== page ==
If you are at all familiar with Catholic saints, their veneration and iconography, you know that St. Jude is the patron saint of lost causes. Under the influence, in part, of the Dominicans, devotion to St. Jude spread to the United States in the 1920’s. Part of this devotion included the ancient tradition of praying a novena. A novena is a prayer repeated daily for a period of time. A novena to St. Jude, for instance, may last nine days or nine weeks.
Some say a novena to St. Jude “has never been known to fail.”
Part of the St. Jude novena agreement is that those praying it publish their results when a prayer is answered.
For instance, a local newspaper might have a small boxed item titled “Thanksgiving Novena to St. Jude” that gives the prayer and then a line that says “I have had my request granted.”
Intercessory prayer is problematic for me. If we have direct access to God, why would I want to add an intermediary, or prayer broker?
Nevertheless, desperate times called for desperate prayer. A friend of mine was in trouble and I cared about resolving my friend’s problem. One day I found a newspaper clipping in my Bible, similar to what I described earlier. I began praying to God via St. Jude.
I found comfort in a section of the Catechism of the Catholic Church (2nd Edition, a gift from philosopher At Your Service) called “Guides for Prayer.” The subheading read “a cloud of witnesses,” which is a reference one of my favorite verses, Hebrews 12:1. This verse begins “Since we are surrounded by so great a cloud of witnesses…” I might also add that Dorothy Sayers 1926 novel, Clouds of Witnesses, is a fantastic mystery. But I digress.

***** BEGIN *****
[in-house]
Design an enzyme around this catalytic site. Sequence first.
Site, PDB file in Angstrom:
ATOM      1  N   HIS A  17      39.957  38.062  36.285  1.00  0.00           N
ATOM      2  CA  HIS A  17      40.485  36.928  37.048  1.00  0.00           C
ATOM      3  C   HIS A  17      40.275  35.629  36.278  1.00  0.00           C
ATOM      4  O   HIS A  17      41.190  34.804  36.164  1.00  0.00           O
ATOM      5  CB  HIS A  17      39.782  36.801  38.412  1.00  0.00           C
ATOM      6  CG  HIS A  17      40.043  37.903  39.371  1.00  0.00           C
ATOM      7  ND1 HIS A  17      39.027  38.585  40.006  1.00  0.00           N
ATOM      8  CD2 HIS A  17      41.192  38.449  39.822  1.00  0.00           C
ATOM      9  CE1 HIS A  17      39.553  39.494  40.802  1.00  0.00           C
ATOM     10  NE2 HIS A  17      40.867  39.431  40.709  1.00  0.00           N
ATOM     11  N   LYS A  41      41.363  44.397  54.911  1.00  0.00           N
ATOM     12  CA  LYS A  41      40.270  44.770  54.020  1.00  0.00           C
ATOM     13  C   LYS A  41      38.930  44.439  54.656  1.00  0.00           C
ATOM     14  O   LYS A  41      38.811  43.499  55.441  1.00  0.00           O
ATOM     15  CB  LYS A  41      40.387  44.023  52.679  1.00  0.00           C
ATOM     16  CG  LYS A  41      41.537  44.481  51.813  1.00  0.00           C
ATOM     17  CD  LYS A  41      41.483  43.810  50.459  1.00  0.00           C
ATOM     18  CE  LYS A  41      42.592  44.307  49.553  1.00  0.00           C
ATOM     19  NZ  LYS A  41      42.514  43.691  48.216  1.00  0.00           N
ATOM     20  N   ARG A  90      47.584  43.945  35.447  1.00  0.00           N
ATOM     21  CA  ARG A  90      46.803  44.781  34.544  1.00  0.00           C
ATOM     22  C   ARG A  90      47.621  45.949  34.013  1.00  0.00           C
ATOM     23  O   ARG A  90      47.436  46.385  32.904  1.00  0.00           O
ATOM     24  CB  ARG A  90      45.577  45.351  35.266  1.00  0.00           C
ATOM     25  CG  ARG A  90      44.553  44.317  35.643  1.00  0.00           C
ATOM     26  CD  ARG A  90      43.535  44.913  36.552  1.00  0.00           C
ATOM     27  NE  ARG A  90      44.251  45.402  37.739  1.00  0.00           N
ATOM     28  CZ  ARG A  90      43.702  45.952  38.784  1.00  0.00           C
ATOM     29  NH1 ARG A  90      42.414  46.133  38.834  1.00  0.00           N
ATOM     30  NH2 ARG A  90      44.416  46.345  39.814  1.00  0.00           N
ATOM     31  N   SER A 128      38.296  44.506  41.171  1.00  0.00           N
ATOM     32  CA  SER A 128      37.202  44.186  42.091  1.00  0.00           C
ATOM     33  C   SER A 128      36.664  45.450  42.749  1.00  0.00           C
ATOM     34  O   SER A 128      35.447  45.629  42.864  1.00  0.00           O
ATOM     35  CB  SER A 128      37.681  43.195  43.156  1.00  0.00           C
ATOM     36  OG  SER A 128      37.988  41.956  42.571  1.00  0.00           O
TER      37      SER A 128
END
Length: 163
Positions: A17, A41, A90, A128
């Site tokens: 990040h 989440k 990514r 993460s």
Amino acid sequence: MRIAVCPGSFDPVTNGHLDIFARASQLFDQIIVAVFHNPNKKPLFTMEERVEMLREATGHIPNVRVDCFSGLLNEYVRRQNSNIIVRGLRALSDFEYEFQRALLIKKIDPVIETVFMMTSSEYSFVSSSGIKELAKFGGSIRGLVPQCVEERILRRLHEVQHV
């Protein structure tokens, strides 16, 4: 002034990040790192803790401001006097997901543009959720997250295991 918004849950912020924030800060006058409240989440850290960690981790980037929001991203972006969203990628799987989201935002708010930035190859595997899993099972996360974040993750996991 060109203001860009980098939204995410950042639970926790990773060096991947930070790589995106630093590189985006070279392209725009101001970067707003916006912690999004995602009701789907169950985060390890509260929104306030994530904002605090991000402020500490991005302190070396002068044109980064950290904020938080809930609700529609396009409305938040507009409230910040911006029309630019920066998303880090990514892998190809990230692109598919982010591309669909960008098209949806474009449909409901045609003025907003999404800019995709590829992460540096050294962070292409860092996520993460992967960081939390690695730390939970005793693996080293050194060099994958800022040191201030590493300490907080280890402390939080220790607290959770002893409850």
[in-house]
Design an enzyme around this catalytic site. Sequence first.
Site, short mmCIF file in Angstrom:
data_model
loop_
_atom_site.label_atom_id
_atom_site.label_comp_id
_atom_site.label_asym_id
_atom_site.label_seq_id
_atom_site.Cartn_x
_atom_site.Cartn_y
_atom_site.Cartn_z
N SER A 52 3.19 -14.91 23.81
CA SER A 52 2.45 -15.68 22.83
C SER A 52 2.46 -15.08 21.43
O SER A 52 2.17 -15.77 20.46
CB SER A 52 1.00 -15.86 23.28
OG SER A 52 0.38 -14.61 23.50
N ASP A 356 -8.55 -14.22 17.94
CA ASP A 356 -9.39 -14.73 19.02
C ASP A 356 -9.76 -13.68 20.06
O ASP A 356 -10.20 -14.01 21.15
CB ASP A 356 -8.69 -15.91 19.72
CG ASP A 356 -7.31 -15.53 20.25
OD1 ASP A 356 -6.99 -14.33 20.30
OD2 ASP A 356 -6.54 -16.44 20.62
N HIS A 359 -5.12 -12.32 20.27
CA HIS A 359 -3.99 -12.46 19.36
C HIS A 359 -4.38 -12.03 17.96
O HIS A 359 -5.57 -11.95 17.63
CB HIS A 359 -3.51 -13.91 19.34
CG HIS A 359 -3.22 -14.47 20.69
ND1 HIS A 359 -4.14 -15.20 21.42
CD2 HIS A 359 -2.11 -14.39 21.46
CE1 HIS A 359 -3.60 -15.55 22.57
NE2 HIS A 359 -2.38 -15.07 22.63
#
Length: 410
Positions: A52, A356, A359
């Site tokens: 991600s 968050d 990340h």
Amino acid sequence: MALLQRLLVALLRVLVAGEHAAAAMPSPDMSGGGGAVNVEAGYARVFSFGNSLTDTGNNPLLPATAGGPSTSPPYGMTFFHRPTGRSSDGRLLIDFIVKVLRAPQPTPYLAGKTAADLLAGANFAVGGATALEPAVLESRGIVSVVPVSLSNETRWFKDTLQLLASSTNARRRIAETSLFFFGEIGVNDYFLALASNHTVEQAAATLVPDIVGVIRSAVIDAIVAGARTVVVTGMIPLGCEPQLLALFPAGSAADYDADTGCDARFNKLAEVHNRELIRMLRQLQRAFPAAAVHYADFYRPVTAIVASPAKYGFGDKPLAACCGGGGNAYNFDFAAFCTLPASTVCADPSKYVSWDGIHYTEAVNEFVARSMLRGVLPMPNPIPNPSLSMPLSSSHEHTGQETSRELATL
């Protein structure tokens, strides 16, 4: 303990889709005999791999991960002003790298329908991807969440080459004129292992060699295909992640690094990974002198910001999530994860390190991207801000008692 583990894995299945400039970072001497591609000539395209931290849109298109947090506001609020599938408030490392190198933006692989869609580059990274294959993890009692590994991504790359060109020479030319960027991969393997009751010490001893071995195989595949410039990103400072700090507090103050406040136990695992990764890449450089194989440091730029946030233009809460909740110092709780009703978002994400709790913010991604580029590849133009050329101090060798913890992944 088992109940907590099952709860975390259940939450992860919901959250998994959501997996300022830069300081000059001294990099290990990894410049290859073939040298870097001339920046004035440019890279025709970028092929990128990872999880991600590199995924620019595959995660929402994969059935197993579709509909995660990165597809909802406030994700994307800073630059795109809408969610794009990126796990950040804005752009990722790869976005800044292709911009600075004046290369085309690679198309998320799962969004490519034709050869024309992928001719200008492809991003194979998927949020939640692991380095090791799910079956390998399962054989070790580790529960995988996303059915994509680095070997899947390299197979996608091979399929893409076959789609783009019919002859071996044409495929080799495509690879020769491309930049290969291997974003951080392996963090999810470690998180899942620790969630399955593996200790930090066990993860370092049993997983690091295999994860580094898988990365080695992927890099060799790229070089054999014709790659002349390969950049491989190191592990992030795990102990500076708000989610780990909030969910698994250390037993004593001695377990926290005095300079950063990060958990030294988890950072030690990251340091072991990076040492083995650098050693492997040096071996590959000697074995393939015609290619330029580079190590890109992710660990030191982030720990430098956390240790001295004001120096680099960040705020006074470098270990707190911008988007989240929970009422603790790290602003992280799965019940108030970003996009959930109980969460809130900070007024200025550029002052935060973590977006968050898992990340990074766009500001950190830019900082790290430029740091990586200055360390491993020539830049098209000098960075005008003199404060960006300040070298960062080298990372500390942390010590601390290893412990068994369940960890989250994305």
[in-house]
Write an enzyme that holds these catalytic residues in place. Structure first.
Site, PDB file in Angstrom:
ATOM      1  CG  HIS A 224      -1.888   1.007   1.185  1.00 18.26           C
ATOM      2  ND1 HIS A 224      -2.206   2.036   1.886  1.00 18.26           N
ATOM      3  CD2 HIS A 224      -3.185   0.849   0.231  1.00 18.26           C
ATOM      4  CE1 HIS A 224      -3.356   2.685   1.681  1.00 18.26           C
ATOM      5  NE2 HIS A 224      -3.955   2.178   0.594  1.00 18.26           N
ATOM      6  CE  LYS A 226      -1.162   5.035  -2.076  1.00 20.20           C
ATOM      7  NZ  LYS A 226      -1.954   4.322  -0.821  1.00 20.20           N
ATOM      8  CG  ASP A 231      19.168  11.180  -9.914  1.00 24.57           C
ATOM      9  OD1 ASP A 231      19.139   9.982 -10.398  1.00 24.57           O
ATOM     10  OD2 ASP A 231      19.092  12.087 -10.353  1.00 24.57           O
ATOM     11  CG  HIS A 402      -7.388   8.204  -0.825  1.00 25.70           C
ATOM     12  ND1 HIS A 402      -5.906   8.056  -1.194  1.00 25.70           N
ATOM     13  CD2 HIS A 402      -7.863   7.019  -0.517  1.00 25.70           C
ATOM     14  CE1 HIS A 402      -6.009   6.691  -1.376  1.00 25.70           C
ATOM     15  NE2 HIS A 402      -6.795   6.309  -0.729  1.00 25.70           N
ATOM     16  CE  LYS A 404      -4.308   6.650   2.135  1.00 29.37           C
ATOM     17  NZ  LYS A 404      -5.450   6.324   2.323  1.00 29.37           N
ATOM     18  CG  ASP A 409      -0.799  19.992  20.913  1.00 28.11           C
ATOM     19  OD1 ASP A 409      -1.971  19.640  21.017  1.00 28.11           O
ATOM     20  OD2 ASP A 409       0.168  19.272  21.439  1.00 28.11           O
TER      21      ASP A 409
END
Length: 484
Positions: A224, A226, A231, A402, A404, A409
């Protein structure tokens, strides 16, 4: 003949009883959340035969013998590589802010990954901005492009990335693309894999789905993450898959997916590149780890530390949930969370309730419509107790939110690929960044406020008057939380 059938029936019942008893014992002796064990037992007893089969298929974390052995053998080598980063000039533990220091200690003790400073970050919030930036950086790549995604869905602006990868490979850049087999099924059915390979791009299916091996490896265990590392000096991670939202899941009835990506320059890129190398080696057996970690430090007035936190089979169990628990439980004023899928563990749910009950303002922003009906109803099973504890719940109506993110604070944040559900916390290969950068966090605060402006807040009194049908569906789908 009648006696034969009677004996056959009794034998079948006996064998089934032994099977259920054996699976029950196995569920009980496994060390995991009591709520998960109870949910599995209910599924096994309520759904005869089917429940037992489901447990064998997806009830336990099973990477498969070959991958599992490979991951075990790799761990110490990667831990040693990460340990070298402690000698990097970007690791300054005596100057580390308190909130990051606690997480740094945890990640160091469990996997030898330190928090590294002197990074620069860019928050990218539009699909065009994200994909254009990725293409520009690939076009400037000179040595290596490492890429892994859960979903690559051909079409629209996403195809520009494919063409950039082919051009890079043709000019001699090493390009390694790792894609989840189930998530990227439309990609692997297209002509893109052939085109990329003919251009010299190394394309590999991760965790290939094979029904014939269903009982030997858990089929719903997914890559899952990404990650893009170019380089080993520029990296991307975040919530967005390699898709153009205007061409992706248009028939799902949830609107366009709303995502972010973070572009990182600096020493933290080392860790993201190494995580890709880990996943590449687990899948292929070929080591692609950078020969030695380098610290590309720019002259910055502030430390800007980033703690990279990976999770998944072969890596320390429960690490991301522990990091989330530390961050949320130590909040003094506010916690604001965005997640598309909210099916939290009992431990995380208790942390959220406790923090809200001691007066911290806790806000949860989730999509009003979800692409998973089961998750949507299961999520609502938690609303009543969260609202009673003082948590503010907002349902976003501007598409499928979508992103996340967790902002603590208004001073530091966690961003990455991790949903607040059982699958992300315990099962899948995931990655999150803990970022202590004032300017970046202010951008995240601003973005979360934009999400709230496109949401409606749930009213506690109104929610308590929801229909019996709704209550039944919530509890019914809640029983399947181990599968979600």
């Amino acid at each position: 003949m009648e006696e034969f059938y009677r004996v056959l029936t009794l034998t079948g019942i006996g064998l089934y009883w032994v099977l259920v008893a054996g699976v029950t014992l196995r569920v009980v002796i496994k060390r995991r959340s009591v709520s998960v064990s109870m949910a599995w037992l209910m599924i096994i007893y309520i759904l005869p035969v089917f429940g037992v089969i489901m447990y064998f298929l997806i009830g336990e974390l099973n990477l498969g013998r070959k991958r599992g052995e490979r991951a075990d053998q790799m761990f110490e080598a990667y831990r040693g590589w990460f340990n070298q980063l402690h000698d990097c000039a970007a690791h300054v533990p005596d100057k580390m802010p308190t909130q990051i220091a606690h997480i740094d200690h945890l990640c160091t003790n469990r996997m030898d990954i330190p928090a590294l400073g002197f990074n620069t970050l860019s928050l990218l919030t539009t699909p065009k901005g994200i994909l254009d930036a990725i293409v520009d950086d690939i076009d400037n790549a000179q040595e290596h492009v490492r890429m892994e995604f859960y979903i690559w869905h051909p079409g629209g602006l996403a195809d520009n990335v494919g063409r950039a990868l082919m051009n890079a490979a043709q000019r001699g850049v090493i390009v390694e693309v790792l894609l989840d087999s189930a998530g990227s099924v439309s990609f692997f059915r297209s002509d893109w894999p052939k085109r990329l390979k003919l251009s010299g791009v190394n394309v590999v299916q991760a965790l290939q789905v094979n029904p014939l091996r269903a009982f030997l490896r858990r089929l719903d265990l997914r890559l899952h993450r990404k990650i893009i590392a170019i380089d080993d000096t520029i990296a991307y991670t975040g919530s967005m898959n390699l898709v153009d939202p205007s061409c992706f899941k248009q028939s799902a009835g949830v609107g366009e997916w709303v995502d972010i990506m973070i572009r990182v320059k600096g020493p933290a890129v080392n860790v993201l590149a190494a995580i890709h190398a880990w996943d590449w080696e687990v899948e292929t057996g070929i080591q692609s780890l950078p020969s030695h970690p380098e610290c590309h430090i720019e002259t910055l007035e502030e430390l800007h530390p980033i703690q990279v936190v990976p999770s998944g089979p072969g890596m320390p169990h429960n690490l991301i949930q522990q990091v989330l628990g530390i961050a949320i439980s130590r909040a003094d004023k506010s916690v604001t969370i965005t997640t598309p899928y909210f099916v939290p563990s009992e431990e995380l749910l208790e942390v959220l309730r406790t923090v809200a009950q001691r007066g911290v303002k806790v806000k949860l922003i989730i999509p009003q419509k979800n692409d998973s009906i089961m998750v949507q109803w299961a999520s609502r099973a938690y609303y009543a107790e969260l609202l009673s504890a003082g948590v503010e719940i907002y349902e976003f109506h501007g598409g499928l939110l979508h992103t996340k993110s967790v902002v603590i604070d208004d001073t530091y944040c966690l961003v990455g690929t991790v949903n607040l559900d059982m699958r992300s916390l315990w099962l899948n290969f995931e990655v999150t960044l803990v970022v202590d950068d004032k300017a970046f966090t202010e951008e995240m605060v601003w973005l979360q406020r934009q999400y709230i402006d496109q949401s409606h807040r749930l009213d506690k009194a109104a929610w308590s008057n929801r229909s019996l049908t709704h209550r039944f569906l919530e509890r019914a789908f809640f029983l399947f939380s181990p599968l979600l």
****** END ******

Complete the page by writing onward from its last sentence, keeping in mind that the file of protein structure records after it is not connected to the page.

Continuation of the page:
The Catechism says, regarding prayer to the saints, “Their intercession is their most exalted service to God’s plan. We can and should ask them to intercede for us and the whole world.”
I rest my case. I have had my request granted.
In other news, the Moxie Festival Committee met on Thursday, September 20. This kickoff meeting was well-attended and there was a lot of energy around selecting a theme. It is an incredible theme, if I may say so myself.
“Moxie Goes Artsy.”
I’ve already changed my phone screen saver.
And yes, that is a text from St. Helen of Immaculata. She has an Ipad now and we text each other. She is making steady progress, being 80 and not concerned about the fast pace of information and I’m really proud of her and glad she has embraced emojis.
She does not like it when I call her St. Helen, what with her not being canonized. But we are talking of saintly things today.